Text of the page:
Apr 23, 2012
Any discussion of external threats to our data will include terms describing different types of malicious software that can infest your network. Most of these destructive programs have targeted Microsoft Windows based machines. However reports have been coming in of late that Apple and Android based tablets, smartphones, and Apple PC’s are being affected as well. I have also heard that video conferencing, GPS systems, and gaming console are also being targeted.
- Malware – Malware (which is short for malicious software), is a blanket term referring to a program designed to disrupt computer operation, gather sensitive information, or gain unauthorized access to computer systems.
- Virus – A computer virus is a malware program that can replicate itself and spread from one computer to another. Viruses can increase their chances of spreading to other computers by infecting files on a network that is accessed by other computers. One of the most infamous viruses was the Melissa virus in 1999. It was passed in Word Macros. It is estimated that the Melissa virus did over $80 million dollars in damages by slowing down networks, altering data on computer hard drives, and physically damaging some of the drives. In particular, it brought mail servers down as they crumbled under the increased load of replicating the virus to people on the end user’s address books.
- Spyware – This is a type of malware that collects information about users without their knowledge. The worst type of spyware is a keylogger. Keyloggers record all of your keystrokes and send them to a hacker. In this fashion they can obtain, logon ID’s, passwords, credit card and banking information.
- Adware – This type of malware is designed to show unwanted pop-ups. It generates revenue for its creators by showing paid advertisements. Another type of adware is shareware. Typically shareware is downloaded as a free program supported by advertisements. You may be offered the opportunity to buy a version of the product that does away with the advertising pop-ups.
- Phishing – Phishing involves sending email messages that seem to come from trusted sources and attempts to harvest confidential user data. This type of malware needs significant end user cooperation to be successful. Confidential information is not stolen by the software as much as offered to the hacker by the end user. The Nigerian scam is a good example of this.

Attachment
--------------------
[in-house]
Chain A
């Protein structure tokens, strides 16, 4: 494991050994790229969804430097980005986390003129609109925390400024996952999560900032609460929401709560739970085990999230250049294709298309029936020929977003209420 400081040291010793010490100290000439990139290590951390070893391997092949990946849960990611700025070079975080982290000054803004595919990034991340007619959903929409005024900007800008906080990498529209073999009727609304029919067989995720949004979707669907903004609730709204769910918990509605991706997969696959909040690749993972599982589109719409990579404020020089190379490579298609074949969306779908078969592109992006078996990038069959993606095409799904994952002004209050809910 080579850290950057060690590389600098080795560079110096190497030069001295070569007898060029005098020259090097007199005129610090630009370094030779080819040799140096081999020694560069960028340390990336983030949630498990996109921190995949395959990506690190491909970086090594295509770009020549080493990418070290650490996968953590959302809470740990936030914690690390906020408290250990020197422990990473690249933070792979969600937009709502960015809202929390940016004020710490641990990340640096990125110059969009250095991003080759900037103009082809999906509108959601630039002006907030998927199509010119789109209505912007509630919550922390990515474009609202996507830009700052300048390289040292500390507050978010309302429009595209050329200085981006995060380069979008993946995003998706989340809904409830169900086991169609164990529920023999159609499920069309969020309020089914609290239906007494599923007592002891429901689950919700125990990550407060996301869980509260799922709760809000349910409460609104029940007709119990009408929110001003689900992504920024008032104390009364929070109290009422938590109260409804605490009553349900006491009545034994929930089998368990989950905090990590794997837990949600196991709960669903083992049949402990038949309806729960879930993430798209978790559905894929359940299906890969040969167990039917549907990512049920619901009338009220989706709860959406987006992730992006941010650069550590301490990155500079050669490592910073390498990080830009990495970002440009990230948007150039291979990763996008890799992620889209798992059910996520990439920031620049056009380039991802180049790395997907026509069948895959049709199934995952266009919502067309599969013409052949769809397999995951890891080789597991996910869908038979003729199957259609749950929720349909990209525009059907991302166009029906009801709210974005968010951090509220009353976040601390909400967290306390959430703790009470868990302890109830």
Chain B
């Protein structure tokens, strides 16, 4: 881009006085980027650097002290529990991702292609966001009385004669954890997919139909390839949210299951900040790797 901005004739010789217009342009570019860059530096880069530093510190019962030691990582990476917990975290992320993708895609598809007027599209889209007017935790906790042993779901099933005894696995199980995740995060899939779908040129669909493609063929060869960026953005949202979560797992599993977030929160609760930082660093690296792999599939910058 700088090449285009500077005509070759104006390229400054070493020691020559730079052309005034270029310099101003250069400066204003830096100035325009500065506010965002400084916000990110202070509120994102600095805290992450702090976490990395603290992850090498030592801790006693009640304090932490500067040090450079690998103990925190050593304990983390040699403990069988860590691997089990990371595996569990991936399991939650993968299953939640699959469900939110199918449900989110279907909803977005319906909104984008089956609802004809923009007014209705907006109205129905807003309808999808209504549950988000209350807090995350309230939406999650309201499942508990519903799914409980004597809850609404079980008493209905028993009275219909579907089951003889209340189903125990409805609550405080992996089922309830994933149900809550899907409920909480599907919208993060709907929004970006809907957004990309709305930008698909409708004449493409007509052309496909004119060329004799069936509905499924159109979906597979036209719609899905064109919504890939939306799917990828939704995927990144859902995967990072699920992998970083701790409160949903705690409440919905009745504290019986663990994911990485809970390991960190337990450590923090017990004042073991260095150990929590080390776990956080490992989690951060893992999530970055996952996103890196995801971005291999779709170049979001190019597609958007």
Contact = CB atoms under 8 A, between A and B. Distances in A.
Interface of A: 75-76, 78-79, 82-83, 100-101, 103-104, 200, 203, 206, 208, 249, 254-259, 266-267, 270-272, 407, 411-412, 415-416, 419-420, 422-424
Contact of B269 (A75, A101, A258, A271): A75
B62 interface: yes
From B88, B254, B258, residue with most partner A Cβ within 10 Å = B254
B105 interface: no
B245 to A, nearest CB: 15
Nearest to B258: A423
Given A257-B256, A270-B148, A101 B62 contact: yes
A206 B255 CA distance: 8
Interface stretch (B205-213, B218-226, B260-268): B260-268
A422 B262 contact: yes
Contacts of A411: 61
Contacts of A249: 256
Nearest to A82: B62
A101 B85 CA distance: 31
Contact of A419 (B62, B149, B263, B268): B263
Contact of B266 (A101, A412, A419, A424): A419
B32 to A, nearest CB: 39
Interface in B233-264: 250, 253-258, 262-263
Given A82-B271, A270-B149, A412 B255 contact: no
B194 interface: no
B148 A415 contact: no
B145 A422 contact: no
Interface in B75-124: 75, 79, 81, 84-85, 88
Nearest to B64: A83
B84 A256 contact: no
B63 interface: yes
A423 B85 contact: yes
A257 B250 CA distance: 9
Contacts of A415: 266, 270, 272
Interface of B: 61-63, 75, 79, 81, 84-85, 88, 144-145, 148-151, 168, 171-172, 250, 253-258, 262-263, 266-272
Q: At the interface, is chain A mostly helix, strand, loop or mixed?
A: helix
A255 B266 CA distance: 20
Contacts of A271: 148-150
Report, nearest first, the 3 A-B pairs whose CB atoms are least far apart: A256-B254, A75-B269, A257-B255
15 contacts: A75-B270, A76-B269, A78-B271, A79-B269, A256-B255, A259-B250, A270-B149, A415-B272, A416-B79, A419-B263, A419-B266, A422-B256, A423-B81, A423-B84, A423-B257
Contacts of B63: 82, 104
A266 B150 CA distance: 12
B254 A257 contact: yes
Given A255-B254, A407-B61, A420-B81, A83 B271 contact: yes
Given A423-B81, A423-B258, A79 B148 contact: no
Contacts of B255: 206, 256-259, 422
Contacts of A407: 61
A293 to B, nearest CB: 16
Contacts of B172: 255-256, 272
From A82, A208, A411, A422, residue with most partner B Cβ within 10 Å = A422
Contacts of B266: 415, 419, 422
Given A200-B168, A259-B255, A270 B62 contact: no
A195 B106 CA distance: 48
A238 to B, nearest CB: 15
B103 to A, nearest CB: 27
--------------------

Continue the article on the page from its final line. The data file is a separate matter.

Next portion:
- SPAM – This is a term derived from Spiced Ham and is a precooked meat product made by Hormel Foods Corporation first introduced in 1937. It also is a term referring to using electronic messaging systems to send unsolicited bulk emails indiscriminately. The term comes from a Monty Python skit in which Spam is included in almost every dish. If you are not filtering your incoming emails to weed out the SPAM, it is likely that your end users are getting bombarded with dozens, or even hundreds, a day. This can waste valuable work time as they attempt to discern the good emails from the SPAM emails.
To protect yourself from these types of threats, you need to take a layered approach from multiple vendors. The solutions can be in hardware devices or software installed on a server. Usually the first line of defense is a firewall. The firewall will filter traffic before it enters your network. If malware makes it past your firewall, the next defense may specifically filter incoming email before it gets to your mail server. There may also be a device that specifically targets internet browsing. The last line of defense is a good malware scanning software package that protects your workstations and servers. Most vendors will offer devices or software that perform all of these functions. The problem is a vendor will use the same technology for all of their products. If a type of malware is not detected at one level, chances are it will not be detected by subsequent levels. Using different vendors at each level increases the chances that the majority of malware will be stopped before it does any damage.
Hopefully, I’ve been able to clarify some of the terms that come up during a discussion about cyber-security. The protections I have mentioned have been used successfully to mitigate some of these risks. If these measures do fail, your best protection is a cyber-security policy. Do your best to protect your company’s information from loss, and do your best to protect them when the loss inevitably occurs.
by Eugene Barnes